ST. PETERSBURG — American Stage will continue its 2018-19 season with the Pulitzer Prize-winning play “Long Day’s Journey into Night,” written by Eugene O’Neill. The production will be directed by Brendon Fox and will run May 29 through June 30, at Raymond James Theatre, 163 Third St. N., St. Petersburg.
Previews will be May 29 and 30, 7 p.m. Opening night will be May 31, 8 p.m. Ticket prices vary by performance. For information, call 727-823-7529 or visit americanstage.org.
Considered one of the all-time great American plays, this Pulitzer Prize and Tony Award-winning masterwork lays bare what we all know to be true: the ardor of familial love cannot always protect you. What begins as an ordinary summer day at the Connecticut home of the Tyrone family morphs into a night filled with foggy, drink-laced demons. Long-buried secrets are revealed, which once exposed cannot be ignored. A long-revered showcase for tour-de-force performances, “Long Day’s Journey into Night” is a compassionately brutal look at the devastating impact of addiction and one family’s struggle to fight for love itself.
“This is an exciting undertaking for us,” said Stephanie Gularte, American Stage producing artistic director. “’Long Day’s Journey into Night’ is an epic work on many levels. In plunging into such a deep, rich piece of theater, one that reveals humanity with unrelenting honesty, we are taking on one of the bigger challenges that our medium provides.”
This production features five cast members. Returning to the American Stage mainstage are Janis Stevens, Josh Odsess-Rubin and Rose Hahn. James Keegan and Billy Finn will both be making their American Stage mainstage debut.
Finn was most recently seen as Mercutio in “Romeo & Juliet” at the Alabama Shakespeare Festival. He also recently appeared as Buddy Holly in the pre-Broadway lab production of “The Wanderer,” a new musical based on the life of Dion DiMucci. As a musician, Finn has performed at Judson Church, ANT FEST, Prevail Union and Birdland. He received his MFA in acting at Brown/Trinity Rep.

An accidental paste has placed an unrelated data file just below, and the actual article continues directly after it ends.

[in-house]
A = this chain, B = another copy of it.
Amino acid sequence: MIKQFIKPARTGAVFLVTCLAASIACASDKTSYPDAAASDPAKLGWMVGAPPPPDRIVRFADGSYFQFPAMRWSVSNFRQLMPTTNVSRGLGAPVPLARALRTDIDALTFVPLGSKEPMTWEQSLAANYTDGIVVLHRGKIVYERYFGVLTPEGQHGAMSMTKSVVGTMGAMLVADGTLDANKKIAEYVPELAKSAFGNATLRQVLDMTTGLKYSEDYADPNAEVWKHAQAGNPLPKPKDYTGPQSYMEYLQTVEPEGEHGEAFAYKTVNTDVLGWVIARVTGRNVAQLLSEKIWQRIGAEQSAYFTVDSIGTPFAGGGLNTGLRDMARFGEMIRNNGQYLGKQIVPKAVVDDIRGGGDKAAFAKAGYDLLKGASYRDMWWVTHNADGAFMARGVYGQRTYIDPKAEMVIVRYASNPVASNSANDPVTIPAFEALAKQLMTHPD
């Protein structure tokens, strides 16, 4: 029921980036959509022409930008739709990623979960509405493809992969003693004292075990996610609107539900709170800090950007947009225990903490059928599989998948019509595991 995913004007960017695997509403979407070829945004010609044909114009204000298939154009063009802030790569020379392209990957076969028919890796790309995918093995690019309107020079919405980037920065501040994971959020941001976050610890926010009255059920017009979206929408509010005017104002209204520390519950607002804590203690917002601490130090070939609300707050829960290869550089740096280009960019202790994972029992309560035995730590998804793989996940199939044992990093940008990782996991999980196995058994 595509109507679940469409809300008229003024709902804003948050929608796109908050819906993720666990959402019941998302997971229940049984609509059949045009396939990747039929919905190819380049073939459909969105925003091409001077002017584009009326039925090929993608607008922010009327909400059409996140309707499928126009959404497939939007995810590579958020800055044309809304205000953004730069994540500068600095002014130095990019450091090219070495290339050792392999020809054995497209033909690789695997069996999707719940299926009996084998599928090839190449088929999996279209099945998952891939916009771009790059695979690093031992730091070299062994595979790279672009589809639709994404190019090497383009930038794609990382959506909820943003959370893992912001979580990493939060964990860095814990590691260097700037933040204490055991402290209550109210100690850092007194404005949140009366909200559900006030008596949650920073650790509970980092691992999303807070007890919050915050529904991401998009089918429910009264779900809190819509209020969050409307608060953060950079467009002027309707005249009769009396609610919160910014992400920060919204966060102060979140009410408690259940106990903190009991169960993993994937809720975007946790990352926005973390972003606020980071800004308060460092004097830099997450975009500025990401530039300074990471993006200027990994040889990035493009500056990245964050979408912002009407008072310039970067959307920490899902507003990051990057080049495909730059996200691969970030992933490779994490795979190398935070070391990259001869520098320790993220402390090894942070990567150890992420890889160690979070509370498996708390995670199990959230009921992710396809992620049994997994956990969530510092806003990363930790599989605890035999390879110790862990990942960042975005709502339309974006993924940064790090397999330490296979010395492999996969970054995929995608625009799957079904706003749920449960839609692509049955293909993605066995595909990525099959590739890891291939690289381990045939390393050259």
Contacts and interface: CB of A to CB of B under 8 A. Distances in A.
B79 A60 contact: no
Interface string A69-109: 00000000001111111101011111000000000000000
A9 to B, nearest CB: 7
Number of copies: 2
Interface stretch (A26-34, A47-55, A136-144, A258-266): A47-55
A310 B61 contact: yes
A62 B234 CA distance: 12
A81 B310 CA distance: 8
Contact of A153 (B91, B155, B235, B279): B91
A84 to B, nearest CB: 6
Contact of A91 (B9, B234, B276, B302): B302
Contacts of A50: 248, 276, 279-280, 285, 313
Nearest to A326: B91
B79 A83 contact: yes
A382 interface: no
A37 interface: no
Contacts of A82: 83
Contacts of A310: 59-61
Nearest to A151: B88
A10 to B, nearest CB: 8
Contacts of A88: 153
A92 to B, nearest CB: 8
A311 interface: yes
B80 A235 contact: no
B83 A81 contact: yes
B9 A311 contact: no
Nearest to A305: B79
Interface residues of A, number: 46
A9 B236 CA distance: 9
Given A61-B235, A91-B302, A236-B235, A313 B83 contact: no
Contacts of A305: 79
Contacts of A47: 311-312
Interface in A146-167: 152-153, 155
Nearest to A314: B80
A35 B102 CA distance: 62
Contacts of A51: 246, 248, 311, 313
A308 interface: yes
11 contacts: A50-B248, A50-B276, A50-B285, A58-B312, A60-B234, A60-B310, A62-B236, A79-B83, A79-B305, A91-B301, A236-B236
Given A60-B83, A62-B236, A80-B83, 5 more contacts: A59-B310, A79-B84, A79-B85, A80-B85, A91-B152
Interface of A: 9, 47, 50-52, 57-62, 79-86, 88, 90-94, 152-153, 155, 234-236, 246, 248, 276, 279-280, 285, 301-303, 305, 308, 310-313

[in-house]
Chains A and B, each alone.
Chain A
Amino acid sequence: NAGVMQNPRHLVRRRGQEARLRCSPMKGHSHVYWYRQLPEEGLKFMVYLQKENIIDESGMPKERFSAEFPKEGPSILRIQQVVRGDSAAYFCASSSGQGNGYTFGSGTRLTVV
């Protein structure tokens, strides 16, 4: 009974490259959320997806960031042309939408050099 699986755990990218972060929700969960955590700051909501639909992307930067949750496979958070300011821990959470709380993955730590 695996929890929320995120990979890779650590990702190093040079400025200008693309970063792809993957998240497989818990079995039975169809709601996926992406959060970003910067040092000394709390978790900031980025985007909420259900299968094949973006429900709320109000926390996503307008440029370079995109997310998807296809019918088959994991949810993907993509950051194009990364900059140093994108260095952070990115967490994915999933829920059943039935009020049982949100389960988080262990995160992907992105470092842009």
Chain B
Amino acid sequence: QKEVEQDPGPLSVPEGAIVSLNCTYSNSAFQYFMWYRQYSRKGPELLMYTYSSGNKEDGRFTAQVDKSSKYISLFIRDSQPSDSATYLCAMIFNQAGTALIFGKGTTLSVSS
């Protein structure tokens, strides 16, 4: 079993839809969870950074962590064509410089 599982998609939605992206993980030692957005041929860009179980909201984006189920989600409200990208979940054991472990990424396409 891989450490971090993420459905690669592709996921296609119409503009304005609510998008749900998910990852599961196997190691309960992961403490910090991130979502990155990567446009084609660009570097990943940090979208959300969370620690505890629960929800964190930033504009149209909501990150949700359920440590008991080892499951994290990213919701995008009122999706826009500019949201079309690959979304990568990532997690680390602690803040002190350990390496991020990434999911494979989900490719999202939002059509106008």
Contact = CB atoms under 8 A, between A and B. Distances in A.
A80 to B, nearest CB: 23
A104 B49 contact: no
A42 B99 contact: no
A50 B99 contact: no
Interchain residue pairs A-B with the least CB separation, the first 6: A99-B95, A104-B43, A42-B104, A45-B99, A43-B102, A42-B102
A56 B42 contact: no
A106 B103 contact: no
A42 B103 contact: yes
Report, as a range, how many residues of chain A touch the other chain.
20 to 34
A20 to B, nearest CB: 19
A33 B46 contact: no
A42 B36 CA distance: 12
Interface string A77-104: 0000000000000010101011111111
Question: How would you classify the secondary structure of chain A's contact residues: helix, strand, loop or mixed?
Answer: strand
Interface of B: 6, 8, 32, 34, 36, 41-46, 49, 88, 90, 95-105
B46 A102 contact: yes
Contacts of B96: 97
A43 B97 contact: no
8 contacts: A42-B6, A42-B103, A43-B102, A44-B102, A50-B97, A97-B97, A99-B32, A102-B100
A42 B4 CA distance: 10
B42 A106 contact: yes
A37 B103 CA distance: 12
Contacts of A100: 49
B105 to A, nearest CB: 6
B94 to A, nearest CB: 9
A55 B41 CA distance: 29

Audience members may recognize Hahn from some of the work she has done as an acting/production apprentice this season at American Stage: as the hungry servant in “Miss Bennet: Christmas at Pemberley,” as the directing apprentice for “Pipeline,” or as a crew member from other productions this season. She is a recent graduate from Towson University with a BFA in acting.
Keegan was most recently seen in the role of Bruce Bechdel in “Fun Home” at Clear Space Theater. For 13 repertory seasons, he was a company member of the American Shakespeare Center, where he performed in more than 65 productions. Keegan has a Ph.D. in English from the University of Delaware where he is now a professor in the Associate in Arts Program.
Odsess-Rubin returns to American Stage after playing Arthur de Bourgh in “Miss Bennet: Christmas at Pemberley” earlier this season. Other recent credits include Edward in “Sense & Sensibility” and Caspar in “Photograph 51” with South Coast Repertory; and Captain Spaulding in “Animal Crackers” at Cygnet Theatre.
Stevens was last seen as Marjorie in “Marjorie Prime.” She is an Associate Artist at Sacramento’s Capital Stage with multiple credits for directing and acting. Stevens is a 2006 Drama Desk Award nominee for her solo performance as Vivien Leigh in “Vivien” in New York City.
“Why is ‘Long Day's Journey into Night’ such compelling theatre now in 2019,” Fox, the director of this production, asked. “O'Neill is a master at creating complicated, funny, heartbreaking characters who have some of the juiciest dialogue written in the last 100 years. At the center of the play, the Tyrone family love each other fiercely and deal with their demons with a riveting mix of denial and desperation. They risk everything for the truth — about themselves, each other, and ultimately all of us in the audience.”
O'Neill was the first American dramatist to regard the stage as a literary medium and the first U.S. playwright to receive the Nobel Prize for Literature. He was born in 1888, in New York City. His masterpiece, “Long Day’s Journey into Night,” produced posthumously in 1957, is at the apex of a long string of great plays, including “Beyond the Horizon” (1920), “Anna Christie” (1922), “Strange Interlude” (1928), “Ah! Wilderness” (1933) and “The Iceman Cometh” (1946). O'Neill died in 1953, in Boston, Massachusetts.
Throughout the run of “Long Day’s Journey into Night,” ticket holders are invited to arrive early for an exclusive prologue presented by ASFWD apprentice Dylan Renfrow, set 30 minutes prior to each performance. In addition, chatbacks will be presented Thursday, June 6; and Sundays, June 9, 16 and 23. These events are free for ticket holders. Audience members may ask questions about the play, the characters and the process.